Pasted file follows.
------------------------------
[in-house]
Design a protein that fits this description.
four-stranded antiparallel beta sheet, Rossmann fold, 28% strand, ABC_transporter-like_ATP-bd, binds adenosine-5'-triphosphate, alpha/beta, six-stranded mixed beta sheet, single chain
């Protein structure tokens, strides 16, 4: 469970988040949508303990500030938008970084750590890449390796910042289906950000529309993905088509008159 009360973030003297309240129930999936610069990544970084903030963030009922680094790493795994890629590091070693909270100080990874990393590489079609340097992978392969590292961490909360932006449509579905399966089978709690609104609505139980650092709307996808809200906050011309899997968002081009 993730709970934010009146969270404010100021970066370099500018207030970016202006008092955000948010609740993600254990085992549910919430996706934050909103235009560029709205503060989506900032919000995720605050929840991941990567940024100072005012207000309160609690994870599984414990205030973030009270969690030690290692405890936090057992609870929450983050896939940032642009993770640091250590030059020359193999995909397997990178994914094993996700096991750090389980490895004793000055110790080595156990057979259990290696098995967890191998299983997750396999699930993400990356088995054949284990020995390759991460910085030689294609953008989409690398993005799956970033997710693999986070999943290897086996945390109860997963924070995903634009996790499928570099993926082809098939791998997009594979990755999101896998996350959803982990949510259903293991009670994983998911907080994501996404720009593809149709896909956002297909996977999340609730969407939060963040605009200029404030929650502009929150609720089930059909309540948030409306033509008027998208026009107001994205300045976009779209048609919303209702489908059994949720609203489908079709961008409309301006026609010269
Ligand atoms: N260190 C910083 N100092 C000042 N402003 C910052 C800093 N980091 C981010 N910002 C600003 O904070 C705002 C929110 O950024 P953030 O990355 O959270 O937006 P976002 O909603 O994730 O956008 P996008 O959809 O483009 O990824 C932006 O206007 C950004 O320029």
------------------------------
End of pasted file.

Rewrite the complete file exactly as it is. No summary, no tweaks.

[in-house]
Design a protein that fits this description.
four-stranded antiparallel beta sheet, Rossmann fold, 28% strand, ABC_transporter-like_ATP-bd, binds adenosine-5'-triphosphate, alpha/beta, six-stranded mixed beta sheet, single chain
């Protein structure tokens, strides 16, 4: 469970988040949508303990500030938008970084750590890449390796910042289906950000529309993905088509008159 009360973030003297309240129930999936610069990544970084903030963030009922680094790493795994890629590091070693909270100080990874990393590489079609340097992978392969590292961490909360932006449509579905399966089978709690609104609505139980650092709307996808809200906050011309899997968002081009 993730709970934010009146969270404010100021970066370099500018207030970016202006008092955000948010609740993600254990085992549910919430996706934050909103235009560029709205503060989506900032919000995720605050929840991941990567940024100072005012207000309160609690994870599984414990205030973030009270969690030690290692405890936090057992609870929450983050896939940032642009993770640091250590030059020359193999995909397997990178994914094993996700096991750090389980490895004793000055110790080595156990057979259990290696098995967890191998299983997750396999699930993400990356088995054949284990020995390759991460910085030689294609953008989409690398993005799956970033997710693999986070999943290897086996945390109860997963924070995903634009996790499928570099993926082809098939791998997009594979990755999101896998996350959803982990949510259903293991009670994983998911907080994501996404720009593809149709896909956002297909996977999340609730969407939060963040605009200029404030929650502009929150609720089930059909309540948030409306033509008027998208026009107001994205300045976009779209048609919303209702489908059994949720609203489908079709961008409309301006026609010269
Ligand atoms: N260190 C910083 N100092 C000042 N402003 C910052 C800093 N980091 C981010 N910002 C600003 O904070 C705002 C929110 O950024 P953030 O990355 O959270 O937006 P976002 O909603 O994730 O956008 P996008 O959809 O483009 O990824 C932006 O206007 C950004 O320029």